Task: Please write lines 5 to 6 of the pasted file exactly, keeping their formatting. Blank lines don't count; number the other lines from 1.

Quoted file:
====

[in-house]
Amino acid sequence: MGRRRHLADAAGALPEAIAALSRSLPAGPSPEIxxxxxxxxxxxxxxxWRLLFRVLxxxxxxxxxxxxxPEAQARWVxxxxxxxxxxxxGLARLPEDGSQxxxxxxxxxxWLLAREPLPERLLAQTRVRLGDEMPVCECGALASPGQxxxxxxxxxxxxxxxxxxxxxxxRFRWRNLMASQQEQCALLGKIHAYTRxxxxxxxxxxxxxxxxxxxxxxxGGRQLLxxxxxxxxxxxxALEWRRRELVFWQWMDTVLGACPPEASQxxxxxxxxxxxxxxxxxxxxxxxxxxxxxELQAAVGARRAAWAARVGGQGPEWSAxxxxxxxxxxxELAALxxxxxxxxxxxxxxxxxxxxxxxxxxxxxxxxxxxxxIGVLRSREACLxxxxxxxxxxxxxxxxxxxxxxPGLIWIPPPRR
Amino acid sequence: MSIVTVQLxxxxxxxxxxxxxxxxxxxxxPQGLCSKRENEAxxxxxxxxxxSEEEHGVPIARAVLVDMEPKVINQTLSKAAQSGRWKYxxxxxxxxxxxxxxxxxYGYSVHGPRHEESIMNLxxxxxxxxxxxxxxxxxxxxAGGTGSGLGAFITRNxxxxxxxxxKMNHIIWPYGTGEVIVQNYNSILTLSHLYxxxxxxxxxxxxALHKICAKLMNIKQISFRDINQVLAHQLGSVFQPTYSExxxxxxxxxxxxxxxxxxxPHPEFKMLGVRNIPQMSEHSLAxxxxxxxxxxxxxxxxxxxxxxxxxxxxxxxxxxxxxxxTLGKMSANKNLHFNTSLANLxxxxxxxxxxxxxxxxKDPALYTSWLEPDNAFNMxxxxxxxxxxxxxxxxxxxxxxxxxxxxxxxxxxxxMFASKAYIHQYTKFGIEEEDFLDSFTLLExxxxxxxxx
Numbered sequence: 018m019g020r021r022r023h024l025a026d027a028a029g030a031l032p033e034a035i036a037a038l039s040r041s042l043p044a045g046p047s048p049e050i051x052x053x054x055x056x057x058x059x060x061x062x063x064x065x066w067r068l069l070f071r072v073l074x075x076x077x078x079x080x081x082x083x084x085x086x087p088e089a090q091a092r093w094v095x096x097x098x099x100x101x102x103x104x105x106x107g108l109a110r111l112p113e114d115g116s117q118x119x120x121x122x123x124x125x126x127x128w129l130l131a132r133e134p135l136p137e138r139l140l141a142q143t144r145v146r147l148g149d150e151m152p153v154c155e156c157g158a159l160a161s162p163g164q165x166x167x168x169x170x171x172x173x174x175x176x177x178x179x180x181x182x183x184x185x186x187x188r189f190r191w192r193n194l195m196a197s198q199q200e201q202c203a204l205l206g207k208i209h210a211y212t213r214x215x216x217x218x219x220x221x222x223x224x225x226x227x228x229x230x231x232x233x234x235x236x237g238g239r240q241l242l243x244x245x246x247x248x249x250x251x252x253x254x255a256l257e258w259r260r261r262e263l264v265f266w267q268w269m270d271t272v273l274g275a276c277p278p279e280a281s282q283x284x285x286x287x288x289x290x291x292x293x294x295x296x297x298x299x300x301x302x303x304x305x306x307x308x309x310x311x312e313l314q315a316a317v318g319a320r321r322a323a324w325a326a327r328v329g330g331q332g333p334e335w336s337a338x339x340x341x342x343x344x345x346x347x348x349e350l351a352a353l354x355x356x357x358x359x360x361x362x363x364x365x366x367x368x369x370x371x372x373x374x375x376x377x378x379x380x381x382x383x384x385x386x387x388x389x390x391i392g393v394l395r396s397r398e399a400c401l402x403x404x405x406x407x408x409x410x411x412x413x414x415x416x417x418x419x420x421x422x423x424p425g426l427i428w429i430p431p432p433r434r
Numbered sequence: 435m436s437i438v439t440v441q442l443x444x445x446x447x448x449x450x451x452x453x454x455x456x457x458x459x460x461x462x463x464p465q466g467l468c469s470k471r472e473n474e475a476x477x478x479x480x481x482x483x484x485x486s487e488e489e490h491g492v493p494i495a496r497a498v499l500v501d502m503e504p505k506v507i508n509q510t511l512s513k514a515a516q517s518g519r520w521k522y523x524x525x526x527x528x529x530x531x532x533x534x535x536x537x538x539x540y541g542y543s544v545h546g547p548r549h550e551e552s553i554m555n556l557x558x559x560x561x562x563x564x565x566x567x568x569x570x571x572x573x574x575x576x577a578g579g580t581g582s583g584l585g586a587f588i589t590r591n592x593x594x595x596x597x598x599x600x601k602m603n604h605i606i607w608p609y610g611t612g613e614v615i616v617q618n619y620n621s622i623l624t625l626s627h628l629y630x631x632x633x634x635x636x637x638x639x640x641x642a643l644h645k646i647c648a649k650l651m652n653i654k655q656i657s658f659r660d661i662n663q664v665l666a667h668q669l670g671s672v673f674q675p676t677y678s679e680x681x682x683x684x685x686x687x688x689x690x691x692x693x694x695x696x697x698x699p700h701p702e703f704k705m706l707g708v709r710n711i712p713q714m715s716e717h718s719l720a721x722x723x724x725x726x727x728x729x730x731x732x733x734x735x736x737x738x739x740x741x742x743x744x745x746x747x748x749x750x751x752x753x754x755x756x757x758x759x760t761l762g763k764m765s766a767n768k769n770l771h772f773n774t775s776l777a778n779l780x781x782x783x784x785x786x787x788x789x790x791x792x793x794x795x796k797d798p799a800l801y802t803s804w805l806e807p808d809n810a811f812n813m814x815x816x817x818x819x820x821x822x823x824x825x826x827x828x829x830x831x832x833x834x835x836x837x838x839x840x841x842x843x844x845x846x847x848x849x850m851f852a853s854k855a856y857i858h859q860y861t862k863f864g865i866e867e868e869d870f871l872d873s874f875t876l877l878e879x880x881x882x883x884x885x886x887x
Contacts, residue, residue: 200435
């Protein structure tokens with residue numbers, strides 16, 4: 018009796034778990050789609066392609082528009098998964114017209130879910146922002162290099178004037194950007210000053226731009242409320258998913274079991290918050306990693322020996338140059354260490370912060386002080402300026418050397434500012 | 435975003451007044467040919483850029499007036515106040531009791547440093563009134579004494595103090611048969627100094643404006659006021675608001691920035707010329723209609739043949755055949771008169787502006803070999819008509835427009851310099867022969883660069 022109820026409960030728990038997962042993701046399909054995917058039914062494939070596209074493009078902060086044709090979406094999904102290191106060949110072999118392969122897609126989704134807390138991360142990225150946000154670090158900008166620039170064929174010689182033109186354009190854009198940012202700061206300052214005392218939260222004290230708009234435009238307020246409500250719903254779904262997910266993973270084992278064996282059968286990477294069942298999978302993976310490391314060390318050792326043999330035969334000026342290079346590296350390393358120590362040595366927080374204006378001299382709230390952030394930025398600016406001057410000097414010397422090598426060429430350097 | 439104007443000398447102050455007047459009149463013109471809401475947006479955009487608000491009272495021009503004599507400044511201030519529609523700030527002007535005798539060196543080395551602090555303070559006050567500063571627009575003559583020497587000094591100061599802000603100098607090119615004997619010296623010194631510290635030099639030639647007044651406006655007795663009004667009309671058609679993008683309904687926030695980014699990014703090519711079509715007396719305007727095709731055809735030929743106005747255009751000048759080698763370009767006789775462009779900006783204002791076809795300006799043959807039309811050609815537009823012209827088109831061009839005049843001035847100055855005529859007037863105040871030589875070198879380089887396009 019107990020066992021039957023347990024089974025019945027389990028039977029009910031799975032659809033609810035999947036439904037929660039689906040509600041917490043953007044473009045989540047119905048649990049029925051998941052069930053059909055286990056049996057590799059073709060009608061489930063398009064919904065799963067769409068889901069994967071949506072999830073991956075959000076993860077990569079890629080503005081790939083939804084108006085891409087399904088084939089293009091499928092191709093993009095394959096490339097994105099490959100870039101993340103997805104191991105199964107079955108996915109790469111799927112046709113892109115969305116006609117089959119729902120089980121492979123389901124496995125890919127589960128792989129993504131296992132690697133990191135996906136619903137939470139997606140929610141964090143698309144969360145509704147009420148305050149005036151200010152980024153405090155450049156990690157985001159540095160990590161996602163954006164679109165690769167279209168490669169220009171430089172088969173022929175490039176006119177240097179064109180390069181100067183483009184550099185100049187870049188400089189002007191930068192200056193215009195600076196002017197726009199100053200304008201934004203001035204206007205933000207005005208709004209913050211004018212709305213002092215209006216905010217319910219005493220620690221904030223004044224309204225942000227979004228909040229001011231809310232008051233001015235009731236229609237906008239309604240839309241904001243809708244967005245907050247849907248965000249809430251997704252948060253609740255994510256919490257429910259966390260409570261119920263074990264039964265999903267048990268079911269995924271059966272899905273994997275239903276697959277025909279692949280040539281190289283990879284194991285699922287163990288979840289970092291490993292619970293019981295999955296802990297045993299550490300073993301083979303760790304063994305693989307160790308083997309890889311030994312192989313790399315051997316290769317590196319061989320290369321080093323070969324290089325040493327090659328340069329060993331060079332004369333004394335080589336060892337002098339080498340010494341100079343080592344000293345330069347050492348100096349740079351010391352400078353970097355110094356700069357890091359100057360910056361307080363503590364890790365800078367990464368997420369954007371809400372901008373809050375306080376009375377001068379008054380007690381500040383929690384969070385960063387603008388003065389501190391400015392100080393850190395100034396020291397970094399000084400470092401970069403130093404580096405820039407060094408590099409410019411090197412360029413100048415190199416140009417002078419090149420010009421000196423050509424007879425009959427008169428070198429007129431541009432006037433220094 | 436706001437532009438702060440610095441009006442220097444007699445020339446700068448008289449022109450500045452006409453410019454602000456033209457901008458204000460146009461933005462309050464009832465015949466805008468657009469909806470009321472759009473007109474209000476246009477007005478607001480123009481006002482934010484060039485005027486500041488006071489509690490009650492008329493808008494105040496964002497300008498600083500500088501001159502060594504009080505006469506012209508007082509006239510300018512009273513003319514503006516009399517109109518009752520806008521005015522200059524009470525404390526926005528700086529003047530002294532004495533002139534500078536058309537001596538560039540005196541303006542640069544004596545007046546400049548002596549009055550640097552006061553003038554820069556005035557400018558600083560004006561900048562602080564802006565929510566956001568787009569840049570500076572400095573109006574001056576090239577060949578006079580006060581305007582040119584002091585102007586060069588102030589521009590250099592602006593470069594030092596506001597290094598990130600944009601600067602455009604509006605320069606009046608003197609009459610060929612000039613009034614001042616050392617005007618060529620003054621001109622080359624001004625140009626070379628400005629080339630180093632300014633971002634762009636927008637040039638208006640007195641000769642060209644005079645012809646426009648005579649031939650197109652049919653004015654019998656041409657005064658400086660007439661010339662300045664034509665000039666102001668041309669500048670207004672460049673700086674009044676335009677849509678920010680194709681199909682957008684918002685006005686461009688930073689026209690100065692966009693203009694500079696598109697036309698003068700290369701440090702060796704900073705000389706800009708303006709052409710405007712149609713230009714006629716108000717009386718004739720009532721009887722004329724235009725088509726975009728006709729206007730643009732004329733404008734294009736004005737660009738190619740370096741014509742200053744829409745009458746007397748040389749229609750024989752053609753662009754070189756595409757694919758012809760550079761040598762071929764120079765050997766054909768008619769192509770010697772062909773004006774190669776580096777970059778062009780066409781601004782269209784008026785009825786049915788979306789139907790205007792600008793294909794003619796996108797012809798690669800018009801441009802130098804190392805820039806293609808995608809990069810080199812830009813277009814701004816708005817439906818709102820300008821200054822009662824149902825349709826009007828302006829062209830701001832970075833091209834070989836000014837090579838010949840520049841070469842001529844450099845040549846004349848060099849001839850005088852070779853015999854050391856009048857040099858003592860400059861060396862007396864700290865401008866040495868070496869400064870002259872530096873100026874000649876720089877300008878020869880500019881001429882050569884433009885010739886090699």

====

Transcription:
Numbered sequence: 435m436s437i438v439t440v441q442l443x444x445x446x447x448x449x450x451x452x453x454x455x456x457x458x459x460x461x462x463x464p465q466g467l468c469s470k471r472e473n474e475a476x477x478x479x480x481x482x483x484x485x486s487e488e489e490h491g492v493p494i495a496r497a498v499l500v501d502m503e504p505k506v507i508n509q510t511l512s513k514a515a516q517s518g519r520w521k522y523x524x525x526x527x528x529x530x531x532x533x534x535x536x537x538x539x540y541g542y543s544v545h546g547p548r549h550e551e552s553i554m555n556l557x558x559x560x561x562x563x564x565x566x567x568x569x570x571x572x573x574x575x576x577a578g579g580t581g582s583g584l585g586a587f588i589t590r591n592x593x594x595x596x597x598x599x600x601k602m603n604h605i606i607w608p609y610g611t612g613e614v615i616v617q618n619y620n621s622i623l624t625l626s627h628l629y630x631x632x633x634x635x636x637x638x639x640x641x642a643l644h645k646i647c648a649k650l651m652n653i654k655q656i657s658f659r660d661i662n663q664v665l666a667h668q669l670g671s672v673f674q675p676t677y678s679e680x681x682x683x684x685x686x687x688x689x690x691x692x693x694x695x696x697x698x699p700h701p702e703f704k705m706l707g708v709r710n711i712p713q714m715s716e717h718s719l720a721x722x723x724x725x726x727x728x729x730x731x732x733x734x735x736x737x738x739x740x741x742x743x744x745x746x747x748x749x750x751x752x753x754x755x756x757x758x759x760t761l762g763k764m765s766a767n768k769n770l771h772f773n774t775s776l777a778n779l780x781x782x783x784x785x786x787x788x789x790x791x792x793x794x795x796k797d798p799a800l801y802t803s804w805l806e807p808d809n810a811f812n813m814x815x816x817x818x819x820x821x822x823x824x825x826x827x828x829x830x831x832x833x834x835x836x837x838x839x840x841x842x843x844x845x846x847x848x849x850m851f852a853s854k855a856y857i858h859q860y861t862k863f864g865i866e867e868e869d870f871l872d873s874f875t876l877l878e879x880x881x882x883x884x885x886x887x
Contacts, residue, residue: 200435